Every month at Ravenna we each pick a book and those Staff Picks are 20% off for the entire month (at the Ravenna location only...sorry LFP). Well, In December, Ami chose the book I Love Dick by Chris Kraus. But customers didn't really seem that interested in it. Maybe it's because everyone was shopping for gifts and not themselves, or perhaps it's the title...
At any rate, Ami is bound and determined to get you to read it. So, it's going to be her Staff Pick for January too. And she threatens that it will remain her Staff Pick until someone buys it. She has some amazing things to say about it. I was talking with her about it and the words she uses to describe the book are pretty remarkable. Here's the list:
- self aware
I don't think I've ever heard anyone describe a book as prickly, how can you NOT want to read it now? Well, if you're still unsure here is Ami's full review:
Revolutionary, momentous, phenomenal. This true novel (or novelistic memoir?) chronicles Chris Kraus' infatuation with the eponymous Dick in a story of obsession, intellect and art that, despite its expansiveness, is tightly woven with confidence and purpose. Kraus is a bold, honest, vulnerable and highly intelligent voice, a radiant beacon through the haze of an aloof, indifferent world. A forceful accomplishment, equally detested and revered--if you can handle it, this book will change your life.And here's a bit more on what I Love Dick is all about...
In I Love Dick, published in 1997, Chris Kraus, author of Aliens and Anorexia, Torpor, and Video Green, boldly tore away the veil that separates fiction from reality and privacy from self-expression. It's no wonder that I Love Dick instantly elicited violent controversies and attracted a host of passionate admirers.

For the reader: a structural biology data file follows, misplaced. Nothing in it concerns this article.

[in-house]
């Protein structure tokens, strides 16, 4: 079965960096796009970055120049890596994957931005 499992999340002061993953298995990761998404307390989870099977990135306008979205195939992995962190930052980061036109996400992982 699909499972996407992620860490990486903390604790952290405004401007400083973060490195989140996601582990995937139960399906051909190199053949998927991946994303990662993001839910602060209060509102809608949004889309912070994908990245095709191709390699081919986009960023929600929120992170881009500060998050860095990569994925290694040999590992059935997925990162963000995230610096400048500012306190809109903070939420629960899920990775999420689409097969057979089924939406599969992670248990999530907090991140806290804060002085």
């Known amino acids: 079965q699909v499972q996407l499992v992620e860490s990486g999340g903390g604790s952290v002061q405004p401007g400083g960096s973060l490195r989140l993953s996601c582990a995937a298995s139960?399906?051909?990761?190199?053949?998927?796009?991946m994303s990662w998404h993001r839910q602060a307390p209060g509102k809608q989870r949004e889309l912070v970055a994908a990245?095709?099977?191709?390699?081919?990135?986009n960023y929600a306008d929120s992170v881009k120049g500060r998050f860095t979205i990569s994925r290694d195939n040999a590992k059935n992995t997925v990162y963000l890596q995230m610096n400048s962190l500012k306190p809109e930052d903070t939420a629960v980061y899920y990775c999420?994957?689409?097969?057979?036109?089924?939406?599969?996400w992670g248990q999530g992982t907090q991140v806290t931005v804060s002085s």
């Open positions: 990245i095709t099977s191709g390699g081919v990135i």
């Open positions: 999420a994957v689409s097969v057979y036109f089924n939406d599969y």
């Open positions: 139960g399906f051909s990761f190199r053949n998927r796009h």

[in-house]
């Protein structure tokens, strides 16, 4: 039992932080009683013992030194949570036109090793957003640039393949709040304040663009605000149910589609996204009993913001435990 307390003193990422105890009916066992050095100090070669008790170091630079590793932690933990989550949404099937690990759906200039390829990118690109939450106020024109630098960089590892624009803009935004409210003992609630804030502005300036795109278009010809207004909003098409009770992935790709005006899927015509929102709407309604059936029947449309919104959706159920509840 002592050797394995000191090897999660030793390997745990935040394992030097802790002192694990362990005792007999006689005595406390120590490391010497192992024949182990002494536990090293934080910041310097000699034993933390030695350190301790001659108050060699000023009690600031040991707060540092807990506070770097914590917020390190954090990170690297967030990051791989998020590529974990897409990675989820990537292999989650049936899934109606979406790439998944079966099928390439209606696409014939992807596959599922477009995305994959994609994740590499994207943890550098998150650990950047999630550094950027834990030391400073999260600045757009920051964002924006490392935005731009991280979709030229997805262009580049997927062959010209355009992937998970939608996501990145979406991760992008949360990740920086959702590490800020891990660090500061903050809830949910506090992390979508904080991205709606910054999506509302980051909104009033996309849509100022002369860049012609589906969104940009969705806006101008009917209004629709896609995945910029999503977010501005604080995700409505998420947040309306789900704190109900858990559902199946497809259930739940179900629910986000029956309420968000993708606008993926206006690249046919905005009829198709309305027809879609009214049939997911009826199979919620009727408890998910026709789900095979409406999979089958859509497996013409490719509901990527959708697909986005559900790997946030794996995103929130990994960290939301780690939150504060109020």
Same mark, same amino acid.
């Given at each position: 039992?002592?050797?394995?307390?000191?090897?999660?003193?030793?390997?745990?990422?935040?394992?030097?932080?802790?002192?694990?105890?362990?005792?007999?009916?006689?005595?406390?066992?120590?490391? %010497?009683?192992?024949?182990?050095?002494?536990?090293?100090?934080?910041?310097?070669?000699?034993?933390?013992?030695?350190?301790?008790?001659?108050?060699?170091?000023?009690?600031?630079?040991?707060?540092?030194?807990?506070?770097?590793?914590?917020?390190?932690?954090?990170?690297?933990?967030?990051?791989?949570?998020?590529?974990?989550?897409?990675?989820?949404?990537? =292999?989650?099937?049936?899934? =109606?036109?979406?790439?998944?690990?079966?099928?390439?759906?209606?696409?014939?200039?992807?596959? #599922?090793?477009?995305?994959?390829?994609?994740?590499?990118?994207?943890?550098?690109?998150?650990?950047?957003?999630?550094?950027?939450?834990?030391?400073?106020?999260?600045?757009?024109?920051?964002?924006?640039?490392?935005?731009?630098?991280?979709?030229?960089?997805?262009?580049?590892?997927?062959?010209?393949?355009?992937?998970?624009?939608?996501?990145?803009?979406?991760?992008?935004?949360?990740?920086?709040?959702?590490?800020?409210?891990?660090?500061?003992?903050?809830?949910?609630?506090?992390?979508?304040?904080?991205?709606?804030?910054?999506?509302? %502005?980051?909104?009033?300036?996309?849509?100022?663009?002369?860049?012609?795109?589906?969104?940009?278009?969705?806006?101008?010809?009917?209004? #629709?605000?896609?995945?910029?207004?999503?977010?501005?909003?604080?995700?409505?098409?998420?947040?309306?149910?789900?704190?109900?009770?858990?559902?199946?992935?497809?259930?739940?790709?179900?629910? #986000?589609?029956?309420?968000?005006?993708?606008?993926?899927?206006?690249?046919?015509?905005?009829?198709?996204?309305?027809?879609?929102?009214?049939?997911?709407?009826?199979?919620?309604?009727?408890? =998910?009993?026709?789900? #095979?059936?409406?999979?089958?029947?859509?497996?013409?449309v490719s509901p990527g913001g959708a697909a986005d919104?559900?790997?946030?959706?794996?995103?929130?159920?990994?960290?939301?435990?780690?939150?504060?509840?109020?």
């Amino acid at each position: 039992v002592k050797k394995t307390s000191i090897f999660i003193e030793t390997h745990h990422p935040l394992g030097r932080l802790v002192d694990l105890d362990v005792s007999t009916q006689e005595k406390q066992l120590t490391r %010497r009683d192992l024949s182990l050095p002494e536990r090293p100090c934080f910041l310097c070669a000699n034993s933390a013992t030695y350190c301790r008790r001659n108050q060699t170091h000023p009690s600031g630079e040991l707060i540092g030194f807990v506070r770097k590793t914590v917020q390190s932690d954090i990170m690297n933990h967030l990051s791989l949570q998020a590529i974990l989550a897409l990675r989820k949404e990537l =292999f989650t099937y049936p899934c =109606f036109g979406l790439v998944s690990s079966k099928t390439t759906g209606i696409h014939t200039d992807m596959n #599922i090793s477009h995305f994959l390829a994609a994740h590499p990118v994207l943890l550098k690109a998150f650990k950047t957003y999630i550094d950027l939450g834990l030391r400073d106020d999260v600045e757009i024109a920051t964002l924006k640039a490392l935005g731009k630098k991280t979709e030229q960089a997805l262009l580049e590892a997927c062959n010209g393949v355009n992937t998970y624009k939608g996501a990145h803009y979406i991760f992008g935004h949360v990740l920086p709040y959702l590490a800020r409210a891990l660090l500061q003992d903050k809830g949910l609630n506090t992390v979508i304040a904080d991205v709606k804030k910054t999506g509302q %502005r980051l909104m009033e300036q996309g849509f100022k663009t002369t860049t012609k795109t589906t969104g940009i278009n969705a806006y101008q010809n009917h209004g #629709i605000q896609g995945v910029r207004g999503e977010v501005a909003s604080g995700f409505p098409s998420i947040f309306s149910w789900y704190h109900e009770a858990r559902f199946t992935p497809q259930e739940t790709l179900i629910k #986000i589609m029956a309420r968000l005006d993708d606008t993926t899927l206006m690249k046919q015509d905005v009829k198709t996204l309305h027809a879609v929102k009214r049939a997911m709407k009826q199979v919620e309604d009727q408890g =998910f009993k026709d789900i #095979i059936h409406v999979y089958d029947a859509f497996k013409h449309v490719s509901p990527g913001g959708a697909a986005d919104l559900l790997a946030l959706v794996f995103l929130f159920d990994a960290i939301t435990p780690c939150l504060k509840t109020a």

The story is gripping enough: in 1994 a married, failed independent filmmaker, turning forty, falls in love with a well-known theorist and endeavors to seduce him with the help of her husband. But when the theorist refuses to answer her letters, the husband and wife continue the correspondence for each other instead, imagining the fling the wife wishes to have with Dick.
What follows is a breathless pursuit that takes the woman across America and away from her husband; and far beyond her original infatuation into a discovery of the transformative power of first person narrative. I Love Dick is a manifesto for a new kind of feminist who isn't afraid to burn through her own narcissism in order to assume responsibility for herself and for all the injustice in world; and it's a book you won't put down until the author's final, heroic acts of self-revelation and transformation.
I don't know about you, but it sounds like the next book I'm gonna read.